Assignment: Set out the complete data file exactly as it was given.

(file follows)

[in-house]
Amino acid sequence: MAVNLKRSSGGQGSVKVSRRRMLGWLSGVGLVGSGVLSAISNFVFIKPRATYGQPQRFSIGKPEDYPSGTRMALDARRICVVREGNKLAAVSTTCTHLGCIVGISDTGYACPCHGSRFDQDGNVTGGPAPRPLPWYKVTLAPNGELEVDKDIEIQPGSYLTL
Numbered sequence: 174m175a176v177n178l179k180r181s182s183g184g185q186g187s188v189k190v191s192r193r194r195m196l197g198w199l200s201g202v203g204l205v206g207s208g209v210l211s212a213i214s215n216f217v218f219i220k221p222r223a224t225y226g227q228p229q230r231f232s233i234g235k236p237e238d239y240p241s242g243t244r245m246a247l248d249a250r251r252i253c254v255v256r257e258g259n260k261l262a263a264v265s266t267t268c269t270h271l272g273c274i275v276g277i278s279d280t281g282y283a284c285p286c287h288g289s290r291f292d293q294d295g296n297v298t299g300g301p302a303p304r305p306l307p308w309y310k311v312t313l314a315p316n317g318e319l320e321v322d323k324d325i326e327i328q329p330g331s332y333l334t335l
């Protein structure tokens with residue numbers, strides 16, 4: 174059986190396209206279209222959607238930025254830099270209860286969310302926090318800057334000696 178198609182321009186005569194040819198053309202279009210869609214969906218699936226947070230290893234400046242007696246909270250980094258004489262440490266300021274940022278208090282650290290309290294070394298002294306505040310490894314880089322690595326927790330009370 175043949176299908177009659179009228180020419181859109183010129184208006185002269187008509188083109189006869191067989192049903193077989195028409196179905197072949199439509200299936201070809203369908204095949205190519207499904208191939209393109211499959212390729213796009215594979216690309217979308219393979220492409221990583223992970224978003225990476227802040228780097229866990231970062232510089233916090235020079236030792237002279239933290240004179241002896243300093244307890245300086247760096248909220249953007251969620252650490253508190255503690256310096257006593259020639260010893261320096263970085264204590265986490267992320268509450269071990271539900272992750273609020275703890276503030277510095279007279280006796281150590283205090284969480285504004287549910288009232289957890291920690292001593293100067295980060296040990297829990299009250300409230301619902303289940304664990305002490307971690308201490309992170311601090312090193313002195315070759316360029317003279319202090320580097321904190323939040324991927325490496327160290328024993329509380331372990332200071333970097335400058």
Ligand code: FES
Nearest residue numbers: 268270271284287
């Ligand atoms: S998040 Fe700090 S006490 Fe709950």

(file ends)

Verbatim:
[in-house]
Amino acid sequence: MAVNLKRSSGGQGSVKVSRRRMLGWLSGVGLVGSGVLSAISNFVFIKPRATYGQPQRFSIGKPEDYPSGTRMALDARRICVVREGNKLAAVSTTCTHLGCIVGISDTGYACPCHGSRFDQDGNVTGGPAPRPLPWYKVTLAPNGELEVDKDIEIQPGSYLTL
Numbered sequence: 174m175a176v177n178l179k180r181s182s183g184g185q186g187s188v189k190v191s192r193r194r195m196l197g198w199l200s201g202v203g204l205v206g207s208g209v210l211s212a213i214s215n216f217v218f219i220k221p222r223a224t225y226g227q228p229q230r231f232s233i234g235k236p237e238d239y240p241s242g243t244r245m246a247l248d249a250r251r252i253c254v255v256r257e258g259n260k261l262a263a264v265s266t267t268c269t270h271l272g273c274i275v276g277i278s279d280t281g282y283a284c285p286c287h288g289s290r291f292d293q294d295g296n297v298t299g300g301p302a303p304r305p306l307p308w309y310k311v312t313l314a315p316n317g318e319l320e321v322d323k324d325i326e327i328q329p330g331s332y333l334t335l
């Protein structure tokens with residue numbers, strides 16, 4: 174059986190396209206279209222959607238930025254830099270209860286969310302926090318800057334000696 178198609182321009186005569194040819198053309202279009210869609214969906218699936226947070230290893234400046242007696246909270250980094258004489262440490266300021274940022278208090282650290290309290294070394298002294306505040310490894314880089322690595326927790330009370 175043949176299908177009659179009228180020419181859109183010129184208006185002269187008509188083109189006869191067989192049903193077989195028409196179905197072949199439509200299936201070809203369908204095949205190519207499904208191939209393109211499959212390729213796009215594979216690309217979308219393979220492409221990583223992970224978003225990476227802040228780097229866990231970062232510089233916090235020079236030792237002279239933290240004179241002896243300093244307890245300086247760096248909220249953007251969620252650490253508190255503690256310096257006593259020639260010893261320096263970085264204590265986490267992320268509450269071990271539900272992750273609020275703890276503030277510095279007279280006796281150590283205090284969480285504004287549910288009232289957890291920690292001593293100067295980060296040990297829990299009250300409230301619902303289940304664990305002490307971690308201490309992170311601090312090193313002195315070759316360029317003279319202090320580097321904190323939040324991927325490496327160290328024993329509380331372990332200071333970097335400058």
Ligand code: FES
Nearest residue numbers: 268270271284287
């Ligand atoms: S998040 Fe700090 S006490 Fe709950």